Datarium is a series of generative animation/video installations. In this series, I imagine a digital world inhabited by digital creatures. Many portals, some of them appear to be screens and some of them look like everyday objects, bridge the gap between our reality and the digital domain. Each portal offers a unique glimpse into specific areas of the digital world, revealing diverse ecosystems teeming with digital life forms.
Datarium is the result of a series of extensive studies on diverse natural ecosystems, especially aquatic ones. It is a re-interpretation and re-imagination of the world we occupy, an exploration of alternative forms of organisms, and a question of the essence of life.
Mechanic Synesthesia provides a special multi-sensory experience. The audience is invited to touch the sculptures made with different materials residing in the cells of The Hive. Sensors hidden inside the sculptures translate the touch into sounds and generative visuals representing fluidity and softness. The installation invites people to explore the different materiality of the sculptures through the three corresponding senses. As one of the audience said, “(it is) like I am hearing through my fingers and seeing through my ears.”
For Beyond Surface – Tactile Presence x Tate Modern Late March 2023
Every morning I wake up, I leave the apartment building, walk along Fa Yuen Street, turn into Soy Street before Sai Yi Street Garden, then turn left to Sai Yi Street, then Shantung St, then Yim Po Fong St. Finally, I arrive at Mongkok East Train Station and take the train to school. And at night I follow the same path but in reverse to get home.
Walking through the streets countless times makes me numb to the surroundings. Everything seems to be so since time immemorial. One day on my way I heard a ship whistle. Suddenly I felt lost for a while, and I could not recognize if I was in Mongkok or Tai Kok Tsui. The sudden confusion was like a spike. I started to pay attention to the shops and people on the streets again. And I found some shops I never noticed and some new neighbors I never met.
Unsounded is a project that makes the spikes. With many small installations that work as knots, it creates a network for sound to travel from one location to another in the local area. The project is also open-source, making it possible for people to participate in making and distributing the devices in their neighborhoods.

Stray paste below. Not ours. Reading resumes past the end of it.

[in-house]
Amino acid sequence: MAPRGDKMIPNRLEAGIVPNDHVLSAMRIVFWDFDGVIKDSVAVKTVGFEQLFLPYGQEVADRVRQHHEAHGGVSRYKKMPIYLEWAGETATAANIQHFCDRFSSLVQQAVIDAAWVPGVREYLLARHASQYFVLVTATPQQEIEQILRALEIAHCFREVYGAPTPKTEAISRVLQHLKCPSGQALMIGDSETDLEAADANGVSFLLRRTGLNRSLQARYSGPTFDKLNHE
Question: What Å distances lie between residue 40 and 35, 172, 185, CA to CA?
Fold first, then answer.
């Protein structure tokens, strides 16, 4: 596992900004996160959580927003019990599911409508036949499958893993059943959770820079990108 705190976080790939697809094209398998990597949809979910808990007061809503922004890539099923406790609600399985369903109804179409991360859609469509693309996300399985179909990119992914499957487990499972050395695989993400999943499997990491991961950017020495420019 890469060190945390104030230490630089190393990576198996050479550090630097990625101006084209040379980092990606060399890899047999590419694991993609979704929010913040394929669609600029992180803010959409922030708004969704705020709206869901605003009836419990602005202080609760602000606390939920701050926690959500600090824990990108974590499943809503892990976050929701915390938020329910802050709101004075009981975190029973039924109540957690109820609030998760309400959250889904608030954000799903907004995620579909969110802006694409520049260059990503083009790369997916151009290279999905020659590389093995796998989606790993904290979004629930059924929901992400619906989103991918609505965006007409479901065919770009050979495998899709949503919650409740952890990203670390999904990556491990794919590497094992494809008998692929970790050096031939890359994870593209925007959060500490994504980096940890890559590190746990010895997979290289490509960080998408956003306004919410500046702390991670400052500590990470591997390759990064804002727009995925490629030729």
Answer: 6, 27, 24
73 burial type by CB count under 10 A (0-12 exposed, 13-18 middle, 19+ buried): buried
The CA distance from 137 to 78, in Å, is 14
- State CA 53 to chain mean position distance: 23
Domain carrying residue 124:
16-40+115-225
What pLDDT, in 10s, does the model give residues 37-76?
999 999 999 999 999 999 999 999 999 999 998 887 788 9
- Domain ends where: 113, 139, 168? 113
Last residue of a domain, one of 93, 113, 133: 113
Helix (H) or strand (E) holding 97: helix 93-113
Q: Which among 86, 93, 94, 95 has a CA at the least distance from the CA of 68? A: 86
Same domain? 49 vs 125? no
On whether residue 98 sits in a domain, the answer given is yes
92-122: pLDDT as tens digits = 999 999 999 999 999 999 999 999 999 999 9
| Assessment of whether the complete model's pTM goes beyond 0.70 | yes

Join the project, and create sound portals in your town. Maybe you just help someone to rediscover the community that they have been living in.
With the 5th outbreak of Covid19 in Hong Kong, people are reminded how the lockdown feels like again after having a taste of half a year of freedom. Quarantine soon became a hit word on social media again.
Human beings are not the only ones that are affected. Two robots, Kamala from the states, newly arrived at Hong Kong for its degree, and Philip, a newly local graduate, are also in quarantine.
What will they think and talk about when they are isolated physically? How is it different from us humans?
visit the project website for more information here.
DiVision is a recent outcome of my research of generative art with non-digital elements. In the installation, a customized projection system with prisms, beam splitters, and mirrors is used to create colorful and multi-layer immersive visuals from a digital projector projecting single-channel black and white images.
It is called DiVison because, in the system, the light beams coming out from the digital projector would be divided and altered through the beam splitters and prisms. After setting up the system, I then composed the black and white computer-generated graphic with the concept of division.
Expanding city is progressively invading wild, and villages, to build its own colonial empire.
At the same time, the populace of the city empire flood to the countryside every weekend, enjoying the clean air, leaving tons of trash, and taking away fresh fruits and vegetables.